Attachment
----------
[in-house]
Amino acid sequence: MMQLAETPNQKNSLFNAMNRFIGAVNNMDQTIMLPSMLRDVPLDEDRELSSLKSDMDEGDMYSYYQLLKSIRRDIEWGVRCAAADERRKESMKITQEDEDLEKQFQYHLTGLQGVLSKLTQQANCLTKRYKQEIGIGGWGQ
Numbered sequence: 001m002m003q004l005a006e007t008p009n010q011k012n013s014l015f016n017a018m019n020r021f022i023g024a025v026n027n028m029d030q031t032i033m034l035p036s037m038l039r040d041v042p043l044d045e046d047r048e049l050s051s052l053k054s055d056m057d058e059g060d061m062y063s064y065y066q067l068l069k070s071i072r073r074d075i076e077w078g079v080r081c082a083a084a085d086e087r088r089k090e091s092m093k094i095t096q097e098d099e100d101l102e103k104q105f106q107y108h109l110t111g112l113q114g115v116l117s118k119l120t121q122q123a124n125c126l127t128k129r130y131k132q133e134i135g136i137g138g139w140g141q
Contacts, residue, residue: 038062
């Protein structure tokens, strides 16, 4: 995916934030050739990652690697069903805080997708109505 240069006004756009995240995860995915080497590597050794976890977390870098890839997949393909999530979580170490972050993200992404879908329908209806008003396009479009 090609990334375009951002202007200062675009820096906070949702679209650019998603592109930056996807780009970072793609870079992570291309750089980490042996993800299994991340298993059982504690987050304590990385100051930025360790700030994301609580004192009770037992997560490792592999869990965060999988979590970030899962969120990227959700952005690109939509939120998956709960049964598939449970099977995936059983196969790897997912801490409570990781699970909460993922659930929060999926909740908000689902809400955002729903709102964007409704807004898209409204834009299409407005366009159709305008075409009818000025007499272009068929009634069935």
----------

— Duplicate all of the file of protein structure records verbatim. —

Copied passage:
[in-house]
Amino acid sequence: MMQLAETPNQKNSLFNAMNRFIGAVNNMDQTIMLPSMLRDVPLDEDRELSSLKSDMDEGDMYSYYQLLKSIRRDIEWGVRCAAADERRKESMKITQEDEDLEKQFQYHLTGLQGVLSKLTQQANCLTKRYKQEIGIGGWGQ
Numbered sequence: 001m002m003q004l005a006e007t008p009n010q011k012n013s014l015f016n017a018m019n020r021f022i023g024a025v026n027n028m029d030q031t032i033m034l035p036s037m038l039r040d041v042p043l044d045e046d047r048e049l050s051s052l053k054s055d056m057d058e059g060d061m062y063s064y065y066q067l068l069k070s071i072r073r074d075i076e077w078g079v080r081c082a083a084a085d086e087r088r089k090e091s092m093k094i095t096q097e098d099e100d101l102e103k104q105f106q107y108h109l110t111g112l113q114g115v116l117s118k119l120t121q122q123a124n125c126l127t128k129r130y131k132q133e134i135g136i137g138g139w140g141q
Contacts, residue, residue: 038062
């Protein structure tokens, strides 16, 4: 995916934030050739990652690697069903805080997708109505 240069006004756009995240995860995915080497590597050794976890977390870098890839997949393909999530979580170490972050993200992404879908329908209806008003396009479009 090609990334375009951002202007200062675009820096906070949702679209650019998603592109930056996807780009970072793609870079992570291309750089980490042996993800299994991340298993059982504690987050304590990385100051930025360790700030994301609580004192009770037992997560490792592999869990965060999988979590970030899962969120990227959700952005690109939509939120998956709960049964598939449970099977995936059983196969790897997912801490409570990781699970909460993922659930929060999926909740908000689902809400955002729903709102964007409704807004898209409204834009299409407005366009159709305008075409009818000025007499272009068929009634069935």